alexa The Environmental Effects Of Flood Disaster In Anambra State
ISSN: 2157-7625

Journal of Ecosystem & Ecography
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3rd International Conference on Biodiversity & Sustainable Energy Development
June 24-26, 2014 Valencia Conference Centre, Valencia, Spain

Okpala Uchechukwu
ScientificTracks Abstracts: J Ecosys Ecograph
DOI: 10.4172/2157-7625.S1.016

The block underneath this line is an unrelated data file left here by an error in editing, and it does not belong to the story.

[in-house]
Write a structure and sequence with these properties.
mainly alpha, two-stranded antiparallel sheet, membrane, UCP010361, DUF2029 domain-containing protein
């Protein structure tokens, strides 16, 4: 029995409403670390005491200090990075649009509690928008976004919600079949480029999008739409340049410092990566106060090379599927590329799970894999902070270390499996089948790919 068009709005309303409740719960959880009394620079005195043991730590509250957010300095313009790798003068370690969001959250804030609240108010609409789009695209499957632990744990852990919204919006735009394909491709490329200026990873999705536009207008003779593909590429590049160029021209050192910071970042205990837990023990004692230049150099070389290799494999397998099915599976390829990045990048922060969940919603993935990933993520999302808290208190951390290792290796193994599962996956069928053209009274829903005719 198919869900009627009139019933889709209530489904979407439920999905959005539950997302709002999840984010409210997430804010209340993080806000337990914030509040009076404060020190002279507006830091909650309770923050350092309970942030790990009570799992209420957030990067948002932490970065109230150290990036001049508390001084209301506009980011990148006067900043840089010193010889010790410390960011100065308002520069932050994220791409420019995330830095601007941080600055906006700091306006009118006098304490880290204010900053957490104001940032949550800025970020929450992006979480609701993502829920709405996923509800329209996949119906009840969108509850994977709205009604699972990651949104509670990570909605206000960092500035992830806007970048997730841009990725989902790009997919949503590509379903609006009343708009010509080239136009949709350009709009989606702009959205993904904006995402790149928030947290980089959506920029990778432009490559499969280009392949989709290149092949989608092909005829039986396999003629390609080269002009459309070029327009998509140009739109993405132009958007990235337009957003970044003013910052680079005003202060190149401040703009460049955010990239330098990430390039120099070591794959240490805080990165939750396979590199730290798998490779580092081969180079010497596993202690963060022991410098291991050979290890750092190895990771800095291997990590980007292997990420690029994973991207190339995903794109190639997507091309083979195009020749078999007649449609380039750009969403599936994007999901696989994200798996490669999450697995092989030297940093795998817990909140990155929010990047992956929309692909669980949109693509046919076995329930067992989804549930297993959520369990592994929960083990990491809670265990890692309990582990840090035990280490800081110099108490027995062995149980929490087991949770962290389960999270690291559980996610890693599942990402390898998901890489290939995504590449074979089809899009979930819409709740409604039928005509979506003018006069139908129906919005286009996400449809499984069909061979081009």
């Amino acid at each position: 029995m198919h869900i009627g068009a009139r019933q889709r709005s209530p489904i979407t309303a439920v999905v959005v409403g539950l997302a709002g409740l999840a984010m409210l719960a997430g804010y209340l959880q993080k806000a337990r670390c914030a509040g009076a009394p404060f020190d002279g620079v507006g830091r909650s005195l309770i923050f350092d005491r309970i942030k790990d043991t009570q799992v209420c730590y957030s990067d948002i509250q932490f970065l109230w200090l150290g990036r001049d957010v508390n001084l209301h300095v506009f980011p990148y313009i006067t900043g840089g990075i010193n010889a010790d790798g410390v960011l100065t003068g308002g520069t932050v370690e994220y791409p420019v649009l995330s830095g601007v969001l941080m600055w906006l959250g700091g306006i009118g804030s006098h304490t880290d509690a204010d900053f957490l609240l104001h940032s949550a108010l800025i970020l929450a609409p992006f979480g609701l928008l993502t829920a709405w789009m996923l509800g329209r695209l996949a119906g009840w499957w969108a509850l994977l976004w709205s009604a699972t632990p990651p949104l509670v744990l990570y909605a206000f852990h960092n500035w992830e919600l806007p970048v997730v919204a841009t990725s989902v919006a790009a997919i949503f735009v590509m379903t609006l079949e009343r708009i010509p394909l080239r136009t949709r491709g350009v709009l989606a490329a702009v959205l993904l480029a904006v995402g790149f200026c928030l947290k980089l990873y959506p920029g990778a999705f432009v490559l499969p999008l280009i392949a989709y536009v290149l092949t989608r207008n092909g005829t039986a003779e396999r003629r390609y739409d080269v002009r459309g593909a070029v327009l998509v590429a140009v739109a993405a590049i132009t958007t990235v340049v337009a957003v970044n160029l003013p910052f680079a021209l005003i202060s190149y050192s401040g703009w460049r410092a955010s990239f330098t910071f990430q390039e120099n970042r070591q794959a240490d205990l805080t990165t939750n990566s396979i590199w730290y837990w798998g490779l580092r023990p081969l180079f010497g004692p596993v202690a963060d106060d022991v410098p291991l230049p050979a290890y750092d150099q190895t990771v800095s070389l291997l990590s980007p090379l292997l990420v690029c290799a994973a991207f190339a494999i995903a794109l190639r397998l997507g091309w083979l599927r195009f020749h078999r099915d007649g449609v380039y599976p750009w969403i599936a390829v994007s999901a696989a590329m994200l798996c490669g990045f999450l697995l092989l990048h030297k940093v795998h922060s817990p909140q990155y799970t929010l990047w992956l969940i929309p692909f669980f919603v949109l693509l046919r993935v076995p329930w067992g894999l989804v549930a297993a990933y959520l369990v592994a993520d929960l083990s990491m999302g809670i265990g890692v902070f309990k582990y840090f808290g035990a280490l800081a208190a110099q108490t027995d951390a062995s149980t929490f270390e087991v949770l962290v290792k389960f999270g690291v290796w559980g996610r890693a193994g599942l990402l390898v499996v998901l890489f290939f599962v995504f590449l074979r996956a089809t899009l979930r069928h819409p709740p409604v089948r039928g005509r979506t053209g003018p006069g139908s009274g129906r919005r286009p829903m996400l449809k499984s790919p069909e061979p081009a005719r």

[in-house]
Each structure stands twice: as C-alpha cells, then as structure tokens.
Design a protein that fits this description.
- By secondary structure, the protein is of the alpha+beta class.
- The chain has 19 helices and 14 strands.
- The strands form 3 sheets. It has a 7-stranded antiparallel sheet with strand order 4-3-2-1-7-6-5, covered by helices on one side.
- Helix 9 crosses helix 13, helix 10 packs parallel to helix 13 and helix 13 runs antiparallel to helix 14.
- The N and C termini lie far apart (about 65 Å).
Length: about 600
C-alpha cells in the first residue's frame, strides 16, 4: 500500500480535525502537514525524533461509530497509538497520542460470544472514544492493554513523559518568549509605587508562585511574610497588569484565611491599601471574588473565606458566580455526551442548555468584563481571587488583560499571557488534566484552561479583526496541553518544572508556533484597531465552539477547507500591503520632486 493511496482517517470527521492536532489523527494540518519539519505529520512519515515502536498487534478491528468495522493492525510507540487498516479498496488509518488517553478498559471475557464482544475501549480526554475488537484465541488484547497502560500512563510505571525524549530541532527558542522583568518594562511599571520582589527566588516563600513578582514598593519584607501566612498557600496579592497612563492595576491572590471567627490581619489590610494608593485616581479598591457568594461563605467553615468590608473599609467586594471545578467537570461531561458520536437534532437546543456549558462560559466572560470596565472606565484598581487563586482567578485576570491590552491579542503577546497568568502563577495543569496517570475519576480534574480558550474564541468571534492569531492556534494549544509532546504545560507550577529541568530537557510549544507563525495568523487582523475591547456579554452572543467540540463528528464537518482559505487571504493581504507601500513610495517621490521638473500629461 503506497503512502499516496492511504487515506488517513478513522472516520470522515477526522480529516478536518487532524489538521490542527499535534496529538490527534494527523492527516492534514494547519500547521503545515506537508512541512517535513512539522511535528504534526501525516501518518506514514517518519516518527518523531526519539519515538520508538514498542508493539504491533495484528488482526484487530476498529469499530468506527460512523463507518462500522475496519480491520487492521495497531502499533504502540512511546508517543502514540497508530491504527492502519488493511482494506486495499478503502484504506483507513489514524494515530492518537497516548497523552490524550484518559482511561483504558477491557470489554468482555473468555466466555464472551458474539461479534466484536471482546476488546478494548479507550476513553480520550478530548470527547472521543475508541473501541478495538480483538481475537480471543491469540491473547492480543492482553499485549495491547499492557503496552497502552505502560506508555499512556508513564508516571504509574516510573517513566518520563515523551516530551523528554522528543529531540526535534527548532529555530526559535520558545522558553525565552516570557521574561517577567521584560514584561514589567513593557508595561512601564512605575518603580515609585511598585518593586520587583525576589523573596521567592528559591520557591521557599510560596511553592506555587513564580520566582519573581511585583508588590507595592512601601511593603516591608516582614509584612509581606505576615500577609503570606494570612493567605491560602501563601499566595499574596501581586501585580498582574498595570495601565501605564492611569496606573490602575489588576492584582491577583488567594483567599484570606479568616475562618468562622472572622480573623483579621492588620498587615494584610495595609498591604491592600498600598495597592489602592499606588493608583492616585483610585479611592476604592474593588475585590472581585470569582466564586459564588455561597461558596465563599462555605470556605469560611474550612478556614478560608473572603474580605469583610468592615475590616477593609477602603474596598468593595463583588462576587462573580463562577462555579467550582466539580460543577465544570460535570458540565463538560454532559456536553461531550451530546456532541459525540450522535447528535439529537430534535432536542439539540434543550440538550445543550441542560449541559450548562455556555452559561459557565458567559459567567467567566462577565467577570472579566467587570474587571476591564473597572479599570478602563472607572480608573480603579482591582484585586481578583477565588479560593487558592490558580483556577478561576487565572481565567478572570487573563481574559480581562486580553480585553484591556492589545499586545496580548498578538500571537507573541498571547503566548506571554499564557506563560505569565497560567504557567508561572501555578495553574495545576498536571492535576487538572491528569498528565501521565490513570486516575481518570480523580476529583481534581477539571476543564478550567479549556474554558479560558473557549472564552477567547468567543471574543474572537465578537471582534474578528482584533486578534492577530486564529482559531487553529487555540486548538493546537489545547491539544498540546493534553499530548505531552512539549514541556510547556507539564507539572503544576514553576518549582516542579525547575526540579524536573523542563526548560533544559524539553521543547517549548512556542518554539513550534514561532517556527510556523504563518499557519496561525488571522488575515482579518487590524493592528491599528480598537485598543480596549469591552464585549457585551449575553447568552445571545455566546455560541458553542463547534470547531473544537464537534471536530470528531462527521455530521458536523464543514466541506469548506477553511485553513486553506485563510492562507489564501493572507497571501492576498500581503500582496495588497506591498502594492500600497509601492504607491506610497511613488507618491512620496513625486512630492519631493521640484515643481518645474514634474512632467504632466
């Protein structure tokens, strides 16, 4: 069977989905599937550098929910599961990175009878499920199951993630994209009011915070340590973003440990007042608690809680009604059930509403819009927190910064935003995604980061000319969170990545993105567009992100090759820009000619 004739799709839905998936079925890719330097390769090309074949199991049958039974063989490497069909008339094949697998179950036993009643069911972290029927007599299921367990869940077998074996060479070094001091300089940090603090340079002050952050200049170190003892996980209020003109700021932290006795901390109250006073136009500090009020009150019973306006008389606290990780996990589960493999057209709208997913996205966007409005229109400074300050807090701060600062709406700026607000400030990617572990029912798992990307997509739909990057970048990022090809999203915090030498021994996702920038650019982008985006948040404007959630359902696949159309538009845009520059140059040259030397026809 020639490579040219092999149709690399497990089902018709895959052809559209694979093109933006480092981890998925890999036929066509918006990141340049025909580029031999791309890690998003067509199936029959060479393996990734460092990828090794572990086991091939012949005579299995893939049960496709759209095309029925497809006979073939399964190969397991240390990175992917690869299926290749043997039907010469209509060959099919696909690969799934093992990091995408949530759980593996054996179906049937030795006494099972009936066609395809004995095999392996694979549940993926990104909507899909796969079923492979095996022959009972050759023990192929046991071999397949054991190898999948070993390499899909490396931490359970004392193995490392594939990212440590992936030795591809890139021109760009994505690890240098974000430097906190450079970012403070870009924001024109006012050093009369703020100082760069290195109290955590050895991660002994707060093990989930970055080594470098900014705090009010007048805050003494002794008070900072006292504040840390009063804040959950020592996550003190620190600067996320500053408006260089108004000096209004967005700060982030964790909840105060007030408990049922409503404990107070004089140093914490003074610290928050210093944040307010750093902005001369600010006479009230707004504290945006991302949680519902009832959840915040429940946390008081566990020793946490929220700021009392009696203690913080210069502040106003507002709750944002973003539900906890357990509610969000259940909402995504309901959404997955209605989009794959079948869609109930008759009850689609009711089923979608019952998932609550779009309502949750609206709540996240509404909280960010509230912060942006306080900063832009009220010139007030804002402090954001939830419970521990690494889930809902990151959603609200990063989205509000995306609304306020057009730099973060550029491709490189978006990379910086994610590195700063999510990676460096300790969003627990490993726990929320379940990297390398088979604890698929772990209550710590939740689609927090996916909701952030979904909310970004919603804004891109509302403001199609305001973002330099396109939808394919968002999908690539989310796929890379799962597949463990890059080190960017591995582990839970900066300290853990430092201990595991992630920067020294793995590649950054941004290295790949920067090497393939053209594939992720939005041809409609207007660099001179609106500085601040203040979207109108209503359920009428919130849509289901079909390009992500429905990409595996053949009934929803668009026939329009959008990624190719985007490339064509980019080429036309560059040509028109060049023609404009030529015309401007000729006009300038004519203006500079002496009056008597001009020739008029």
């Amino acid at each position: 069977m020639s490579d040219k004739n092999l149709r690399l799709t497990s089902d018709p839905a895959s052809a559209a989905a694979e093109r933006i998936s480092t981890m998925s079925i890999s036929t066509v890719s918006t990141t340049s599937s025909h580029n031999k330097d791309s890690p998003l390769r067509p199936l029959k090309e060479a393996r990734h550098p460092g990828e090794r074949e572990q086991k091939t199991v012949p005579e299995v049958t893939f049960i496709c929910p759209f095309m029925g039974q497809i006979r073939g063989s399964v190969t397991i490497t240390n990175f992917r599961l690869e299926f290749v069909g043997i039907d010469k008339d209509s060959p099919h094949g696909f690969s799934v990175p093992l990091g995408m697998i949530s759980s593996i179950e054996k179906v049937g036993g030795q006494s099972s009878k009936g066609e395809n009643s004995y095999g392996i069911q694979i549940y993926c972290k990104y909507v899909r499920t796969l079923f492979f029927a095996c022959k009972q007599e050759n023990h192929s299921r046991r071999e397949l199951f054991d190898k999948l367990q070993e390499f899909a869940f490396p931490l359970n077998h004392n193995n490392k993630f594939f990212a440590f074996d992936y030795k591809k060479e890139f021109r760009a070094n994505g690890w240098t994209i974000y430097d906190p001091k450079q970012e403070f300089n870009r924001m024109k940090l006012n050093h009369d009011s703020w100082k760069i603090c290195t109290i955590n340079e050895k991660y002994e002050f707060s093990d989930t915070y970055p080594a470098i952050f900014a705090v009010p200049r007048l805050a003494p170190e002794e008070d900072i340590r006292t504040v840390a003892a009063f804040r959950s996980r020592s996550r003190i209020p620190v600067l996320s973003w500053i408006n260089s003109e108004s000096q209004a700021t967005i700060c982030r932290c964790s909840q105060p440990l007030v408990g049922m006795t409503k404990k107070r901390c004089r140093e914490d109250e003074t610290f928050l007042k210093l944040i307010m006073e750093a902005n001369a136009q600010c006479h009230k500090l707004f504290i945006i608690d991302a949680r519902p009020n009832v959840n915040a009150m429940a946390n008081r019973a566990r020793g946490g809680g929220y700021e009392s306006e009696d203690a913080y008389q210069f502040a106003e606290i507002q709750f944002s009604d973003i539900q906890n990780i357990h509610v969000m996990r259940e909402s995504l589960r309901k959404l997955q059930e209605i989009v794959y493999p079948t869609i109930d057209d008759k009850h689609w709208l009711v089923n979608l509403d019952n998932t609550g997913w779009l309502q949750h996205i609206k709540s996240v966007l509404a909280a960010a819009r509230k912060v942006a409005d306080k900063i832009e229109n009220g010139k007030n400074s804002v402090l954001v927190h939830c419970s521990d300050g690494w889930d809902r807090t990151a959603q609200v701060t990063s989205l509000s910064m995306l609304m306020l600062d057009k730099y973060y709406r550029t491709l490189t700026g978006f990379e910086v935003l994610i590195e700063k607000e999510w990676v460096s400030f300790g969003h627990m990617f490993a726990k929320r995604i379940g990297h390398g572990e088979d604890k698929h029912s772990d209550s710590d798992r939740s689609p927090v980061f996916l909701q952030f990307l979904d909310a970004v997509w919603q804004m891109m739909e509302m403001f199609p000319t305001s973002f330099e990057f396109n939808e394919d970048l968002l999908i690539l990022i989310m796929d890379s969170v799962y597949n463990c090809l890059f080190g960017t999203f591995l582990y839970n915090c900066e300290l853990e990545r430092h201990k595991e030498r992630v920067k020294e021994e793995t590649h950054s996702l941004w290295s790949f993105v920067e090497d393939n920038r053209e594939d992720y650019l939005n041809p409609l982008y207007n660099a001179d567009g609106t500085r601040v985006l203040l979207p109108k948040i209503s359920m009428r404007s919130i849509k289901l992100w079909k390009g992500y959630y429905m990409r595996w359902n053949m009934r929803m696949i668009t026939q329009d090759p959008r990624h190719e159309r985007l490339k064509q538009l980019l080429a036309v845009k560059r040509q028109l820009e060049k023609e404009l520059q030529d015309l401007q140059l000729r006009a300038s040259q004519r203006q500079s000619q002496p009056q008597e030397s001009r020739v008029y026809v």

Whitebark pine (Pinus albicaulis;WBP) is an endangered tree species that inhabits high elevation ecosystems in both Western Canada and the United States. WBP communities play a central role in providing wildlife habitat and watershed protection in subalpine and tree line forests, and its seeds provide a high-fat, high-energy food source for many wildlife species. Populations of WBP are in major decline resulting from the combination of outbreaks of mountain pine beetle ( Dendroctonus ponderosae ), mortality and damage from white pine blister rust ( Cronartium ribicola; a non-native disease), both exacerbated by climate change, and further losses from advancing ecological succession resulting from fire exclusion. Clark?s nutcracker ( Nucifraga columbiana ) is the primary disperser of WBP, extracting seeds from the indehiscent cones and caching them throughout montane terrain for future use. Declines in WBP may affect the mutualistic relationship with Clark?s nutcrackers, resulting in limited seed dispersal possibly leading to little or no regeneration of WBP. A critical threshold of WBP availability on the landscape may exist below which the Clark?s nutcracker will choose alternative food resources. Investigating threshold conditions of WBP on the landscape and the individual behaviors of Clark?s nutcrackers in response to these conditions are therefore critical in understanding the potential consequences of declining WBP populations and the cumulative effects this has on WBP communities. In this study, an agent-based modeling (ABM) approach that includes animal movement and behavioral ecology is used to simulate ecosystem dynamics within a WBP community. We focus here on key behaviors of Clark?s nutcracker, including prey (seed) choice, group foraging and patch selection as a function of distance observed by nutcrackers. Empirical data from field studies are used to calibrate the model while a pattern-oriented modeling (POM) approach compares observed patterns with model outcomes for validation. The results elucidate the impact of behaviors of Clarks? nutcracker on the use of WBP, and ultimately on the long term survival of the tree species based on its abundance as a food resource
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